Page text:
HCMC Dining Guide

Sunday, June 16, 2013


Another weekend, another major entertainment event shut down by police. Held Saturday night at Diamond Island, an ultra high-end condo complex in the undeveloped marshlands of Thu Thiem, Dose's Summer Escape Party was billed as Vietnam's first-ever electronic dance music festival. I don't normally have that much interest in EDM, but with the right friends and the right products it can be fun. Plus I always like checking out new things here.

According to our $10 tickets, a free speedboat ride from the District 1 riverside to District 2 was included, so I headed down to the wharf around 7 with a couple of buddies. Lots of people were milling around, and only after asking a staff member did we learn that the speedboat had stopped running at 4pm. The festival began at 2 and was supposed to last all night. As per usual there was no sign telling people not to waste their time.

We hopped into a taxi and eventually arrived at Diamond Island, which is right on the river and is surrounded by absolutely nothing. At least there wouldn't be any neighbors to complain (at least that's what we thought). There was a big crowd, and it was obvious that a lot of work had gone into putting this event together. Two stages, one on a grassy field and the other on the side of the complex's pool, were set to host 30 DJs over the night. In one area we could hear souped-up cars doing donuts, but that looked like an accident waiting to happen so we steered clear. A healthy mix of expats and young locals danced and caroused. As soon as we checked out the pool stage I regretted not bringing my swimsuit, but oh well.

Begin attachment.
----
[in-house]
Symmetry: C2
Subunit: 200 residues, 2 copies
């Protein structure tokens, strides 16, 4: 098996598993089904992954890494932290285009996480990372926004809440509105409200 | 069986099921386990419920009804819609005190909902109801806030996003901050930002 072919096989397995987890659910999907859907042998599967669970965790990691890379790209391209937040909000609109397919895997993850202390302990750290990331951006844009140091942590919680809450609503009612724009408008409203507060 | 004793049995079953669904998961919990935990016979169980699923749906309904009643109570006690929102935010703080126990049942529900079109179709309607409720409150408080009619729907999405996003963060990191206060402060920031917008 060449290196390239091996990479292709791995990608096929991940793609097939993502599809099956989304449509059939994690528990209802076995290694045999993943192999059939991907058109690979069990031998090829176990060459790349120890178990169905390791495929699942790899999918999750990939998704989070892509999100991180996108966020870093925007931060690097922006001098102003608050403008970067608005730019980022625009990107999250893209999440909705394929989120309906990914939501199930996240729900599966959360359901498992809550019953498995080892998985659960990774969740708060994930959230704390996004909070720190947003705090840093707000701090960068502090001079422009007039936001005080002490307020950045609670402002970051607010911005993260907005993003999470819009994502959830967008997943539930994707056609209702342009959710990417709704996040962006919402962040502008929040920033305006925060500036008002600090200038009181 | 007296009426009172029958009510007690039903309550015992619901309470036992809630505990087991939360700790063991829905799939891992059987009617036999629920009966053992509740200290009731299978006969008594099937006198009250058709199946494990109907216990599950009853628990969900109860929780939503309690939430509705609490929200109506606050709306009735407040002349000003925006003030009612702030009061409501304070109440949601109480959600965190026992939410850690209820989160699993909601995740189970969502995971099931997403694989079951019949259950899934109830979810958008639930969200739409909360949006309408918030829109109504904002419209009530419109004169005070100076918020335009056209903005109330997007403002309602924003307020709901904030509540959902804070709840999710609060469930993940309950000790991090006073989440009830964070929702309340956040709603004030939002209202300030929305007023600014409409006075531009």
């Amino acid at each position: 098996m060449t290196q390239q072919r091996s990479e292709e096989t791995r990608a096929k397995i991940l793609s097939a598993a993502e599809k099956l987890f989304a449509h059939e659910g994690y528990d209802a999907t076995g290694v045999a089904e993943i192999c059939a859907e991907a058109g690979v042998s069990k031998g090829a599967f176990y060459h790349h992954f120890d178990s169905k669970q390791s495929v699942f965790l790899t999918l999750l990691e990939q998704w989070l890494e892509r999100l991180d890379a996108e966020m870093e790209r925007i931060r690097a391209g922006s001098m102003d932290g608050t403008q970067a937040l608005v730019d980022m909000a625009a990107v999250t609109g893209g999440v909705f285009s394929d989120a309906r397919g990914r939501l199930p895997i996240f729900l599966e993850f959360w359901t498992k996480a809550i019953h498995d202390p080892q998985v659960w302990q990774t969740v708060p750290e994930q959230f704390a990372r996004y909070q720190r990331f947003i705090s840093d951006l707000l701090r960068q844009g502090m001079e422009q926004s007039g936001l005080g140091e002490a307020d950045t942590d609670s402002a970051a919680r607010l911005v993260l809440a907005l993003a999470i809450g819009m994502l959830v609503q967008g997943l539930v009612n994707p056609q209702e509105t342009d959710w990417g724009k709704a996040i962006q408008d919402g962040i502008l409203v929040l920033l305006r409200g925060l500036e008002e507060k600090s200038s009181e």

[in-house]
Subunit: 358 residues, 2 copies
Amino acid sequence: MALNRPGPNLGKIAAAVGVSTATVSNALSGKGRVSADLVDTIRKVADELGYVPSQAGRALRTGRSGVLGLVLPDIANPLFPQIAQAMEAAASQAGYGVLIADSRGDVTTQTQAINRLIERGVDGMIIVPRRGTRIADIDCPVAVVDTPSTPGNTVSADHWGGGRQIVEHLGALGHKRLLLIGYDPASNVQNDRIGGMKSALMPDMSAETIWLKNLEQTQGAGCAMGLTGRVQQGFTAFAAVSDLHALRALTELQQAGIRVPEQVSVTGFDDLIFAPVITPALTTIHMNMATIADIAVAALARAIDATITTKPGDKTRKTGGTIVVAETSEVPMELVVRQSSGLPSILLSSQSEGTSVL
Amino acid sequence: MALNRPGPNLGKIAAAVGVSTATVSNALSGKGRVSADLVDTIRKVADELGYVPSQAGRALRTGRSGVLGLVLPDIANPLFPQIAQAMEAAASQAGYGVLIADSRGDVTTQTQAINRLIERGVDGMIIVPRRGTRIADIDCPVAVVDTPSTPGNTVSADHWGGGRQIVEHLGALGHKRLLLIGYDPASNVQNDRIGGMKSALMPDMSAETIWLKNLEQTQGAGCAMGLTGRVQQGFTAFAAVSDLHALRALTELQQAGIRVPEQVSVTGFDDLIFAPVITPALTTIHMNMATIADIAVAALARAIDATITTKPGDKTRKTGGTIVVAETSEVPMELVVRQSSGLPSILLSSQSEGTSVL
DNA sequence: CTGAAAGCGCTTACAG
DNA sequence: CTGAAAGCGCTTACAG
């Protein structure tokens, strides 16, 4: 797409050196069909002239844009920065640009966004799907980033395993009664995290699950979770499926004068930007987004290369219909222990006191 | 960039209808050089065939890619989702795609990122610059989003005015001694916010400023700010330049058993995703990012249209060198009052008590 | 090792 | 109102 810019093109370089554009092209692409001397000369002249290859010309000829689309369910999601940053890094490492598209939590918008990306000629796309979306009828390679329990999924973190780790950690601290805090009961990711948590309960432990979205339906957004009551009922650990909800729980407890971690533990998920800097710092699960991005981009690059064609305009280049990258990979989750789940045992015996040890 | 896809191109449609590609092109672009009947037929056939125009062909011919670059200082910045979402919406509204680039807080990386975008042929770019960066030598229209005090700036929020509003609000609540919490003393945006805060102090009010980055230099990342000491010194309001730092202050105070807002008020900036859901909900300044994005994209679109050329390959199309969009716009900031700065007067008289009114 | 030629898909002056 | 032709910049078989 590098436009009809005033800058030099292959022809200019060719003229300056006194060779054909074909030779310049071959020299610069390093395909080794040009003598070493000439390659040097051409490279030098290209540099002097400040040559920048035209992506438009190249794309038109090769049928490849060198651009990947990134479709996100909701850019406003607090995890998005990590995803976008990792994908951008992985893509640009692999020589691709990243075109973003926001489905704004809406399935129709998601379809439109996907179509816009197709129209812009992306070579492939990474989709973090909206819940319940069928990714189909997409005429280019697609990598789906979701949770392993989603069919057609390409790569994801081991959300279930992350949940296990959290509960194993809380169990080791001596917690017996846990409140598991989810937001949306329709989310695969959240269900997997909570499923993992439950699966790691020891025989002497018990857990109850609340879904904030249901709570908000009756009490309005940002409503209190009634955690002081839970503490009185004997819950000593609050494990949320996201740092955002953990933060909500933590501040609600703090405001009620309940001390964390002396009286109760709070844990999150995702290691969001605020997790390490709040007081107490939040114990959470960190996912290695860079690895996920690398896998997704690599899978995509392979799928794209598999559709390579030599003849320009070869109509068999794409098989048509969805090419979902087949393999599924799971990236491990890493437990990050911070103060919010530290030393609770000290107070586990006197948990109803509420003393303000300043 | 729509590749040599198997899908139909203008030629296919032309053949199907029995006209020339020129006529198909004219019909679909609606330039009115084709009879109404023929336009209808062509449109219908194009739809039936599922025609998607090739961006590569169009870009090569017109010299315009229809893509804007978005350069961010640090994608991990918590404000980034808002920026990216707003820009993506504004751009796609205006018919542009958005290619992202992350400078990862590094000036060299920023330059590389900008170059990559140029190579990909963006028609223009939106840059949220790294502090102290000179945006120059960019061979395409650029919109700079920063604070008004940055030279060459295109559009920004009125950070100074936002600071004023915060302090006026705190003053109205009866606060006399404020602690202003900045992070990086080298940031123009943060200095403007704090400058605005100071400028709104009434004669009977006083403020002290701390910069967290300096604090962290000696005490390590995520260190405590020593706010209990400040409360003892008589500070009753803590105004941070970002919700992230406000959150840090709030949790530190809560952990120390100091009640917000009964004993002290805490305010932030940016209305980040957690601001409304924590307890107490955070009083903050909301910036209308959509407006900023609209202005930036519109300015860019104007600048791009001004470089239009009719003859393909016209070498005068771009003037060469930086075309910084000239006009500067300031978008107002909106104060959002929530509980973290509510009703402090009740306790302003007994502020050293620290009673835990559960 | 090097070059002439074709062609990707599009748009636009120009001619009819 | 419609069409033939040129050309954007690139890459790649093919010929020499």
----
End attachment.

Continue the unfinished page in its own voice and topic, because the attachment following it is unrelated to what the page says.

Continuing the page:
More friends began arriving and we carved out some dancing space near the stage in the field. This was one of the most professional productions I've seen in Vietnam, and the setting was awesome. The darkness of the river and the swamps sat in front of the glowing skyline in the distance, and everyone was having a great time. A sudden downpour left everyone soaked, but fortunately it cleared up quickly.

Then, as I wandered up to the pool stage later on, I heard somebody making an announcement about police. Word soon got around that the music was ending, as the cops had arrived. I don't even think it was midnight, and the scheduled end time had been 4am. Furious that yet another event was getting shut down, we didn't want to end our night yet so we headed back into the city and ended up at, of all places, Apocalypse Now, along with plenty of other festival-goers.

I guess at this point nothing the police here do should surprise me, but I was really hoping they would leave something out in the boonies alone. I don't even think anybody lives in Diamond Island yet, so no one was being bothered. It was a closed, controlled environment, so we weren't corrupting the precious youths of Saigon. I haven't heard any reasoning behind the shut down, but I'm sure it was the usual combination of corruption, communism and conservatism. The authorities here are really doing their best to kill any sort of music/festival scene before it gets a chance to take off.

Fortunately it was still a good night, as there are places in District 1 that must have the right connections that allow them to stay open till the crack of dawn. After getting home a little after 5 I headed up to the roof of my building to watch the sunrise, something I've been meaning to do since I moved in. Sadly the clouds conspired against me and I couldn't see the sun, so I just went to bed.

On a sidenote, props to the Dose team for putting together a great event. Hopefully they won't be discouraged in the future.


  1. A friend of mine asked one of the organizers and they said that police requested the usual... let's say "permit fee" but by principle, they always refuse to pay the police.
    Most likely the same thing happened at Bourbon Street, Dengue Fever, etc.

    1. I'm pretty informed on what happened with Dengue Fever and all of that, and that involved far more than just money. Pretty ugly stuff to say the least but from what I've heard things are close to being sorted.